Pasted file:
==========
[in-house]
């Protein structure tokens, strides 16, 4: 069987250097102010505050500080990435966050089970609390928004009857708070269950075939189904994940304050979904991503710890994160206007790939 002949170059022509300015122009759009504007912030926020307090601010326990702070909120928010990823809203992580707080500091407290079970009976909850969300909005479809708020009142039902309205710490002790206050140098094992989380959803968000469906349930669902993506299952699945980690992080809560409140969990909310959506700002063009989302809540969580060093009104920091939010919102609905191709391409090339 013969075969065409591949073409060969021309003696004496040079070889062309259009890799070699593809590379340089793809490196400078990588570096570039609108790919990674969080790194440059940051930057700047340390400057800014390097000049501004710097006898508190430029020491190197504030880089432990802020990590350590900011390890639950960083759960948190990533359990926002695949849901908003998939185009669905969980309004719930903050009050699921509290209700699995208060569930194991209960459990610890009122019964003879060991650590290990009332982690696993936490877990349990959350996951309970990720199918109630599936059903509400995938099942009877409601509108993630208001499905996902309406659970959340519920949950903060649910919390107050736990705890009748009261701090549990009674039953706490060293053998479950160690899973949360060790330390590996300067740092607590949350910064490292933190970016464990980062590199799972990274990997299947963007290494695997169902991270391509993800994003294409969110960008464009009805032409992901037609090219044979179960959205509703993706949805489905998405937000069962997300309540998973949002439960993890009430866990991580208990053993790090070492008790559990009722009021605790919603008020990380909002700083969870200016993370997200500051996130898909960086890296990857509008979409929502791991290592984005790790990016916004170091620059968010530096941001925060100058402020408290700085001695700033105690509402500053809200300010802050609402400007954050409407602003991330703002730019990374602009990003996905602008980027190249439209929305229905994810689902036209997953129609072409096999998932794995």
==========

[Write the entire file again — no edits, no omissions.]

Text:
[in-house]
């Protein structure tokens, strides 16, 4: 069987250097102010505050500080990435966050089970609390928004009857708070269950075939189904994940304050979904991503710890994160206007790939 002949170059022509300015122009759009504007912030926020307090601010326990702070909120928010990823809203992580707080500091407290079970009976909850969300909005479809708020009142039902309205710490002790206050140098094992989380959803968000469906349930669902993506299952699945980690992080809560409140969990909310959506700002063009989302809540969580060093009104920091939010919102609905191709391409090339 013969075969065409591949073409060969021309003696004496040079070889062309259009890799070699593809590379340089793809490196400078990588570096570039609108790919990674969080790194440059940051930057700047340390400057800014390097000049501004710097006898508190430029020491190197504030880089432990802020990590350590900011390890639950960083759960948190990533359990926002695949849901908003998939185009669905969980309004719930903050009050699921509290209700699995208060569930194991209960459990610890009122019964003879060991650590290990009332982690696993936490877990349990959350996951309970990720199918109630599936059903509400995938099942009877409601509108993630208001499905996902309406659970959340519920949950903060649910919390107050736990705890009748009261701090549990009674039953706490060293053998479950160690899973949360060790330390590996300067740092607590949350910064490292933190970016464990980062590199799972990274990997299947963007290494695997169902991270391509993800994003294409969110960008464009009805032409992901037609090219044979179960959205509703993706949805489905998405937000069962997300309540998973949002439960993890009430866990991580208990053993790090070492008790559990009722009021605790919603008020990380909002700083969870200016993370997200500051996130898909960086890296990857509008979409929502791991290592984005790790990016916004170091620059968010530096941001925060100058402020408290700085001695700033105690509402500053809200300010802050609402400007954050409407602003991330703002730019990374602009990003996905602008980027190249439209929305229905994810689902036209997953129609072409096999998932794995």